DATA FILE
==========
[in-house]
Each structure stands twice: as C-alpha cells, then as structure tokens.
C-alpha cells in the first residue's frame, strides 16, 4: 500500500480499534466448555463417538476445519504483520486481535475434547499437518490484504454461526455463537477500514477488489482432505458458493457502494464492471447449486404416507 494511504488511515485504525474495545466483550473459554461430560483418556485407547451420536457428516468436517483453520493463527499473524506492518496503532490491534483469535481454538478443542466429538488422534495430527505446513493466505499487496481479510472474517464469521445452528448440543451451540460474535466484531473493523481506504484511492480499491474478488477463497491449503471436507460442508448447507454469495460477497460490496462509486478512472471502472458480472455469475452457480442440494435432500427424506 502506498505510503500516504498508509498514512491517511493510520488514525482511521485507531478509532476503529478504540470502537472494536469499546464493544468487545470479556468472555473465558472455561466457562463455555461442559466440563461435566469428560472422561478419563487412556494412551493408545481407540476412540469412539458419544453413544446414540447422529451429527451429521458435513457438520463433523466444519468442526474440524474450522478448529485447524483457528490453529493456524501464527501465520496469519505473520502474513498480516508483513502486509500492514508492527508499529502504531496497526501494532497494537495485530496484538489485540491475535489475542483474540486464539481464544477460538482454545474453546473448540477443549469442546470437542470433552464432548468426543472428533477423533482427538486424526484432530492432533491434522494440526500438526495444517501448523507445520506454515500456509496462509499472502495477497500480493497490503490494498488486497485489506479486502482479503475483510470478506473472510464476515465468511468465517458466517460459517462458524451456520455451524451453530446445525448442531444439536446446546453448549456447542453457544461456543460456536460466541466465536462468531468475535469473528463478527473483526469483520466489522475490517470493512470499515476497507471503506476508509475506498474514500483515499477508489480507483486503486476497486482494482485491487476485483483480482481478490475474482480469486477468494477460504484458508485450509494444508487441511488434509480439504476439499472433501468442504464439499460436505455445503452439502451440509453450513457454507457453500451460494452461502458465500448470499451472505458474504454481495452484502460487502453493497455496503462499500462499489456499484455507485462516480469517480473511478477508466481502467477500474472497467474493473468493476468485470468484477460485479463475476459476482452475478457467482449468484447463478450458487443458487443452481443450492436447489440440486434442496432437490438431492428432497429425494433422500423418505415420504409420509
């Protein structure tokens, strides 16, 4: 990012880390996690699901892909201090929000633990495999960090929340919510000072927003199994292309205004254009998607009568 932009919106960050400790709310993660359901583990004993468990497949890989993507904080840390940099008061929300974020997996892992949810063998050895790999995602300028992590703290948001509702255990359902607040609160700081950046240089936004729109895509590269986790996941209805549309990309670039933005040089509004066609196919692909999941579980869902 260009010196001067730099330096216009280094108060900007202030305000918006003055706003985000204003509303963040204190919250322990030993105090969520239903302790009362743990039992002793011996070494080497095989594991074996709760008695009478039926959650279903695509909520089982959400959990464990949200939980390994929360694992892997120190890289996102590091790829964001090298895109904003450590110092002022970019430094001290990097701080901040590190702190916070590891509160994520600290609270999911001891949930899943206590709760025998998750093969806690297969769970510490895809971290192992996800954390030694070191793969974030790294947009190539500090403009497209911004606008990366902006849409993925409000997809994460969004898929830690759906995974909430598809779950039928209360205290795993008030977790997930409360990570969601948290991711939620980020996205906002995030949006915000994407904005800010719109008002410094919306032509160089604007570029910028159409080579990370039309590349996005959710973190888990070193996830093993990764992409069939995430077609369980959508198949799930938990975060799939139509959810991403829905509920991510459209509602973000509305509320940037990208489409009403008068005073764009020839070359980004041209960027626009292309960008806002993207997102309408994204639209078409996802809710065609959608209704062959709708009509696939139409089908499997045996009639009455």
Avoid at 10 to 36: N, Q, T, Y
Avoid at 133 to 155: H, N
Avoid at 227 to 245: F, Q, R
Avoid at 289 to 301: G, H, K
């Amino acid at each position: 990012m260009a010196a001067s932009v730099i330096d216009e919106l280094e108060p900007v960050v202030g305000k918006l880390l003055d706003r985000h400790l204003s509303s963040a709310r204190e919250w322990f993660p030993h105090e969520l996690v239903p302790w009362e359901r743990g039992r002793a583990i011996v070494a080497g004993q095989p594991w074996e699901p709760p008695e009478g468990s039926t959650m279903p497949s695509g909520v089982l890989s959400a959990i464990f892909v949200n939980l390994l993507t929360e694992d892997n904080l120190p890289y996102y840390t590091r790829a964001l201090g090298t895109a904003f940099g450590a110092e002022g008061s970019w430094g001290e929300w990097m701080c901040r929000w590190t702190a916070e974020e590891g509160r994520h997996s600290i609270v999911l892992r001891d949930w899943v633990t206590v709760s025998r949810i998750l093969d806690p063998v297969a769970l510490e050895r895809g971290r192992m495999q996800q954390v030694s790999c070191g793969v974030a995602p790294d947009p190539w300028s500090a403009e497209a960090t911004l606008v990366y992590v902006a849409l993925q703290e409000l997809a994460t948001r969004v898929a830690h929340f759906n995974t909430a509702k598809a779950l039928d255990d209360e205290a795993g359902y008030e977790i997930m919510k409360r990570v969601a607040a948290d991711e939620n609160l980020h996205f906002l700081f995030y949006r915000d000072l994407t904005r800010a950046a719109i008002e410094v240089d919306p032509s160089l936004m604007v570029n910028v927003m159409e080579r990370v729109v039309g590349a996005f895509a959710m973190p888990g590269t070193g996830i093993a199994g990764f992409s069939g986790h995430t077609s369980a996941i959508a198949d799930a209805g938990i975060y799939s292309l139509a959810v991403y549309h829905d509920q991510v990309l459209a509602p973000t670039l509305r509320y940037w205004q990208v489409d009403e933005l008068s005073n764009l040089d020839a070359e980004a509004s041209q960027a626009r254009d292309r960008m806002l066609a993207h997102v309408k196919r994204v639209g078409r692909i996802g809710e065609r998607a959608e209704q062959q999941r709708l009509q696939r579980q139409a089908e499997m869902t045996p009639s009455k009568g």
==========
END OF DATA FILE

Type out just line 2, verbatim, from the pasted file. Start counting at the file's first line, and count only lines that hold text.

Each structure stands twice: as C-alpha cells, then as structure tokens.